By George Rose
March 27, 2009
Here, in the Uncanny Update, I hope to fill in the fanboys of the world about all the upcoming super-human projects on the release schedule. Since most of them know how to use a computer, or live in front of one, there is an over-saturation of this sort of information on the Internet and media. Knowing a thing or two about comics, movies, and waiting in line overnight for first screening tickets, I hope to consolidate your efforts and give you the quick testosterone boost your looking for before your own super-charged week fighting crime, or corporate culture. Both are pretty scary.
This week we have a mixed bag of goodies, including both comics and novels, some good and some bad. The most entertaing topic is the discrepancy around the Transformers 3 release date. Paramount announced it would be in theaters on July 2011, allowing for the same two year delay between films as the first sequel did. After whining about not having enough time for himself (the rich do need more free time to spend all that money), Michael Bay declared it wouldn't come out until July 2012. These sequels sure seemed poised for success with such poor communication behind the scenes. In what I can only imagine is a ploy to calm down confused and outraged fans, scans from an upcoming coloring book tie-in happened to find their way to the public, and revealed a few of Transformers: Revenge of the Fallen plot spoilers. It's a Michael Bay film, so the they're are limited to "this and that blow up in exotic location A and B". He's such a constant disappointment, but like a five-car pile-up on the highway, I just can't stop watching.
Speaking of delays, my beloved Marvel has dropped a few bombs as well. Thor is delayed one year (June 17, 2011), First Avenger: Captain America is delayed two months (July 22, 2011), and The Avengers is delayed ten months (May 4, 2012). Pre-production delays don't always signify poor quality like those created decided during post-production, but I don't think Marvel is showing a lack of faith in their product here. The pieces are being arranged to line up nicely for the release of their Avengers movie, and more importantly, they now have tent-pole projects in all of the next three summers, and with the newly announced Spider-Man 4 release date (May 6, 2011) they are the newly crowned Summer movie-season starter. Last year Iron Man shocked with its impressive debut and the Wolverine movie looks to do the same this May. The first weekend of that month is officially my new Christmas.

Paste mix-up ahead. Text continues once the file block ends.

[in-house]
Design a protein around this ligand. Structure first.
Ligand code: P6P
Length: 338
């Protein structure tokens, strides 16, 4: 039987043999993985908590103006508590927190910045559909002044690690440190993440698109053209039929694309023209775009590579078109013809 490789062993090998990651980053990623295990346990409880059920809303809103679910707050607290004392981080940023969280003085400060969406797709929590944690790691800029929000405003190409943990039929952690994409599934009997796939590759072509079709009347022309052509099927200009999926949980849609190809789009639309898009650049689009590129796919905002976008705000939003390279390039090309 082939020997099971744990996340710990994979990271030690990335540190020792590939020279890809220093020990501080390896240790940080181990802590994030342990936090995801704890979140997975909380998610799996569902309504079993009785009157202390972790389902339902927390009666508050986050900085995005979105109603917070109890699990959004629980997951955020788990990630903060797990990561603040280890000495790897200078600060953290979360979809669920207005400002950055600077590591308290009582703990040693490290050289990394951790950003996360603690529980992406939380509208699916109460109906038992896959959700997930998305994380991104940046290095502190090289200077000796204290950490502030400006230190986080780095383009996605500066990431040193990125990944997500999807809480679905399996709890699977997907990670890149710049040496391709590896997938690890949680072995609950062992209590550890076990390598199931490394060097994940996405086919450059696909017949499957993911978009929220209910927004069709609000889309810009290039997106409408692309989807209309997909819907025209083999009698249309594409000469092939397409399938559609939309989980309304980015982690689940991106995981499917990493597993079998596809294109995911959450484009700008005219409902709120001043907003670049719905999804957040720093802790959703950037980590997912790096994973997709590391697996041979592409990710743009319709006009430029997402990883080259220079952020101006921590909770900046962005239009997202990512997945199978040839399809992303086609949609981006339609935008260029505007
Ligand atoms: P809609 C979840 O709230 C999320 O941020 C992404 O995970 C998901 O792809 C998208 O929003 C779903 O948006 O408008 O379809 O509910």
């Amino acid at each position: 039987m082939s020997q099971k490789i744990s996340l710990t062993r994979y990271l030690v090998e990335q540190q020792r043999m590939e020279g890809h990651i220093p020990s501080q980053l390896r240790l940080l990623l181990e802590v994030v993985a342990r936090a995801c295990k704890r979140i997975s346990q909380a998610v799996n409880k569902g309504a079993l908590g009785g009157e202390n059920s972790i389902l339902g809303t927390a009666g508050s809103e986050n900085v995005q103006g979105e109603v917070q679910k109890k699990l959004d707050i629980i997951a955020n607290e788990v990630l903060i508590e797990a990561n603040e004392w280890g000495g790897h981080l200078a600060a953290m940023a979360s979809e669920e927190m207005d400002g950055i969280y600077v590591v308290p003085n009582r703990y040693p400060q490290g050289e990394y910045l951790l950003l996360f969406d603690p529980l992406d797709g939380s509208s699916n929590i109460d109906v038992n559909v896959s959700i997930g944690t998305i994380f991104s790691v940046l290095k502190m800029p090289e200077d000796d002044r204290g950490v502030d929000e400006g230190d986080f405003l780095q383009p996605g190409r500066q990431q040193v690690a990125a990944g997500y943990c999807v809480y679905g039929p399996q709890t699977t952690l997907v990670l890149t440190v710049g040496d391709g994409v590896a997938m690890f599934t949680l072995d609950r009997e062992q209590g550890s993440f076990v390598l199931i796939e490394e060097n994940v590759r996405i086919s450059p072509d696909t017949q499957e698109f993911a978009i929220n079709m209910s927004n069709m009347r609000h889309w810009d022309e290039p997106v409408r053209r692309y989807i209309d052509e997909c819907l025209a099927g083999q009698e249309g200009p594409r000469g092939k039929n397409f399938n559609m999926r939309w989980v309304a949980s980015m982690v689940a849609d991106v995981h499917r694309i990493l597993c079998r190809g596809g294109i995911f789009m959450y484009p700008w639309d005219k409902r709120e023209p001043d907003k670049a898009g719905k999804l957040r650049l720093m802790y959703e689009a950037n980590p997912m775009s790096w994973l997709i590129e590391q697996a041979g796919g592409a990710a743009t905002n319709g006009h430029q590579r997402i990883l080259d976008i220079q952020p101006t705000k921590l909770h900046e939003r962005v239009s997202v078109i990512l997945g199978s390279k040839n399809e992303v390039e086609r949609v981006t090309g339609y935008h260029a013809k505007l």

Despite the new holiday, Marvel continues their disregard for not only fan anticipation, but actor appreciation. After the offensive first offer of $250,000 sent to Mickey Rourke to play Whiplash in Iron Man 2, he finally signed on for an undisclosed amount, which was reported to be moderately higher. I can't imagine it being worthy of any actor in a sequel to a $300+ grossing film (let alone one just nominated for a Best Actor Oscar), but Marvel clearly isn't laying the groundwork to be well known for their generosity or compensation. How on Earth did Terrence Howard make more money than Robert Downey Jr. for Iron Man? It's no wonder they dropped him from the sequel, but clearly their accountant isn't aware of who the draws here really are, nor do they seem to care. At this point, Marvel has proven itself bigger than the actors they cast, but I don't think snubbing them for their contribution to such a massive success is fair or will come without backlash in the future. Scarlett Johansson, who joined the cast this week to play Black Widow, is also unhappy with her pay and contractual obligations to the many expected sequels and spin-offs. I understand we're in a recession, but she's far too good at her craft to worry about unemployment. Iron Man is just as lucky to have her as she is to have the film. I would watch her act her way out of a paper bag, so while she may not be the reason anyone sees the second Iron Man film, cutting her anything less than 1% of the profit pie feels like robbery.